LearnStatic methods and properties

Static methods and properties

In certain cases, it is better to approach methods and properties of a class without the need to create an object out of the class. This can be achieved by defining the methods and properties of a class as static. Even though the use of static methods and properties is considered a bad practice, there are cases in which their use is quite handy and justified.

In certain cases, it is better to approach methods and properties of a class without the need to create an object out of the class.

We have already learned about the three access modifiers called public, protected and private. This tutorial is devoted to the fourth modifier, static, that allows access to classes' properties and methods without the need to create objects out of the classes.

How to define methods and properties as static?

In order to define methods and properties as static, we use the reserved keyword static. In the following example, the class Utilis has a static public property with the name of $numCars and so the variable name is preceded by both the static and the public keywords.

class Utilis {
  // static methods and properties are defined with the static keyword.
  static public $numCars = 0;
}

How to approach static methods and properties?

In order to approach static methods and properties we use the scope resolution operator (::). In the example given below, in order to work with the static property of $numCars, we use the following code:

// set the number of cars
Utilis::$numCars = 3;
 
// get the number of cars
echo Utilis::$numCars;

Result:
3

Pay attention to the use of the $ sign right after the scope resolution operator.

How to approach the static methods from within the class?

In the same manner that we used the $this keyword to approach the class's own properties and methods from within the class, we use the reserved keyword self to approach static methods and properties.

In the example given below, the method addToNumCars() gets and sets the number of cars from the static $numCars property within the same class by using the self keyword.

class Utilis {
  static public $numCars = 0;
 
  static public function addToNumCars($int)
  {
    $int = (int)$int;
    self::$numCars += $int;
  }
}

Now, we can use the code we have written so far to set and get the number of cars.

echo Utilis::$numCars;
 
Utilis::addToNumCars(3);
echo Utilis::$numCars;
 
Utilis::addToNumCars(-1);
echo Utilis::$numCars;

Result:
0
3
2

When to use static properties and methods?

The main cases in which we consider the use of static methods and properties are when we need them as counters and for utility classes.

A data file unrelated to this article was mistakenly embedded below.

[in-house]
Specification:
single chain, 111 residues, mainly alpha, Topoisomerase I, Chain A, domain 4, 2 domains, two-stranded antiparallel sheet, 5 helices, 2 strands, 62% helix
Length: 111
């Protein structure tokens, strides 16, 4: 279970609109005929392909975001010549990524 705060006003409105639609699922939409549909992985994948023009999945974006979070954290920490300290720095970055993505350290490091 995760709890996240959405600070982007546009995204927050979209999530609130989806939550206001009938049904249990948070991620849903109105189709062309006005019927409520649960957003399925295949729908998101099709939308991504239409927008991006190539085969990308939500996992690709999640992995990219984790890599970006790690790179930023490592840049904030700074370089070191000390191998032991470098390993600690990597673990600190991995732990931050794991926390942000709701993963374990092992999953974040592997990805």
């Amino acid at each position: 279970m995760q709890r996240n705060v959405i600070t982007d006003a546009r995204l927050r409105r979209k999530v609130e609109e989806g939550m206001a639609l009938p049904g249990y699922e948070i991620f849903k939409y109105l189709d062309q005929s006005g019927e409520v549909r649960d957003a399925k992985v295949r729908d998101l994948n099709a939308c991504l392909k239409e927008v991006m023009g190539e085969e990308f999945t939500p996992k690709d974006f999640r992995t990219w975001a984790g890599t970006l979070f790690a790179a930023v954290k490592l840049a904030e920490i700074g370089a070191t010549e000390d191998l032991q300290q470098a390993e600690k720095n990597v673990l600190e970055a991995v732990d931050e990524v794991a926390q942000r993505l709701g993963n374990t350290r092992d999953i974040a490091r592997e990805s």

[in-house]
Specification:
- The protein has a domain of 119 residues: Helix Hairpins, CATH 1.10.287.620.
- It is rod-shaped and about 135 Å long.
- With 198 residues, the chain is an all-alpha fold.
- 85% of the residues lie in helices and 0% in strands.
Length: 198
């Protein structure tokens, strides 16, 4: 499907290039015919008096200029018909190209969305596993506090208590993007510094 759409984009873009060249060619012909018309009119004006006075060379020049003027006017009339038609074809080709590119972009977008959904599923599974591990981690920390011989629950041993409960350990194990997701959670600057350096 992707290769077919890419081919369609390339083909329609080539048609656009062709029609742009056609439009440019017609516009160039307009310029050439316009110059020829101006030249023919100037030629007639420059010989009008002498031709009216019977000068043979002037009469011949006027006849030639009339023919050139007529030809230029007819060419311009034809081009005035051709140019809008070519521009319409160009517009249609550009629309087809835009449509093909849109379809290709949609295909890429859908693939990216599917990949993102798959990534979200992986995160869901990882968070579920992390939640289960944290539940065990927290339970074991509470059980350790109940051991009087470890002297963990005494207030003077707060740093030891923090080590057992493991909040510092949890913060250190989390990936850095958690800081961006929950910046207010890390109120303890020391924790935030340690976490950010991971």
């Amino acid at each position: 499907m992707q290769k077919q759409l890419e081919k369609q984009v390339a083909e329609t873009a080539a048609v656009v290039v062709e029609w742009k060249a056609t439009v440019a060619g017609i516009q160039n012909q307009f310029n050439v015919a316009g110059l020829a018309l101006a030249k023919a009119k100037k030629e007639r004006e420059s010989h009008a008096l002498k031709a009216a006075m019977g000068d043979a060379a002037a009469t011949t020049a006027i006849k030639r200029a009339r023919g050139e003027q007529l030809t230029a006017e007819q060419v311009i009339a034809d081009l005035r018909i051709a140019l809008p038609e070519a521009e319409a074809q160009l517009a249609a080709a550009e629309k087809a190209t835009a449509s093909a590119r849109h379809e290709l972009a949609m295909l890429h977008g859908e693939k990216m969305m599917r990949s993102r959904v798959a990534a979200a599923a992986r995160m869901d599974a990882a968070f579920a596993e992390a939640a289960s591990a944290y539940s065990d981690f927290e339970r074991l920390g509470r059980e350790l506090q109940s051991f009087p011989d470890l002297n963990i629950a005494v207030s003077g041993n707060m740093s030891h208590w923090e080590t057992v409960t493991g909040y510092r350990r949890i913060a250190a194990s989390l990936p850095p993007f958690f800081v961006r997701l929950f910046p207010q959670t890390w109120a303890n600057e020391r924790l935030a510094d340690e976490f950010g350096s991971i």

The use of static properties and methods is considered to be a bad practice. However, in some cases, the ability to use a property or a method without the need to create an object can be advantageous. The main cases in which we consider the use of static methods and properties are when we need them as counters and for utility classes.

Use case 1: as counters

We use static properties as counters since they are able to save the last value that has been assigned to them. For example, the method add1ToCars() adds 1 to the $numberOfCars property each time the method is called.

class Utilis {
  // Hold the number of cars.
  static public $numberOfCars = 0;
 
  // Add 1 to the number of cars each time the method is called.
  static public function add1ToCars()
  {
    self::$numberOfCars++;
  }
}
 
echo Utilis::$numberOfCars;
 
Utilis::add1ToCars();
echo Utilis::$numberOfCars;
 
Utilis::add1ToCars();
echo Utilis::$numberOfCars;
 
Utilis::add1ToCars();
echo Utilis::$numberOfCars;

Result:
0
1
2
3

Use case 2: for utility classes

It is very common to use static methods for utility classes. The sole purpose of utility classes is to provide services to the main classes. Utility methods can perform all kinds of tasks, such as: conversion between measurement systems (kilograms to pounds), data encryption, sanitation, and any other task that is not more than a service for the main classes in our application.

The example given below is of a static method with the name of redirect that redirects the user to the URL that we pass to it as an argument.

class Utilis {
  // The method uses PHP's header function to redirect the user.
  static public function redirect($url)
  {
    header("Location: $url");
    exit;
  }
}

In order to use the redirect() method, all we need to do is call it from the scope of the Utilis class without having the need to create an object. It's as simple as this:

Utilis::redirect("http://www.phpenthusiast.com");

Why static should be used with caution?

Whenever you use static, be sure to use it for utilities and not for convenience reasons.

If you are considering the use of static methods and properties because they are convenient and can be approached without the need to first create an object, please be cautious, because static methods suffer from the following two major disadvantages:

  1. You will have a hard time performing automated testing on classes that use static methods.
  2. Static methods and variables present globals to the code that can be approached from anywhere. This is something that we should try to avoid as much as possible.

So, whenever you use static, be sure to use it for utilities and not for convenience reasons.

Conclusion

In this tutorial, we have learned how and when to use static methods and variables, and why we should use them with much cautious. In the next tutorial, we will learn how to include code the object oriented way with traits.

But before we move on to the next lesson, lets practice: Practice static methods and properties

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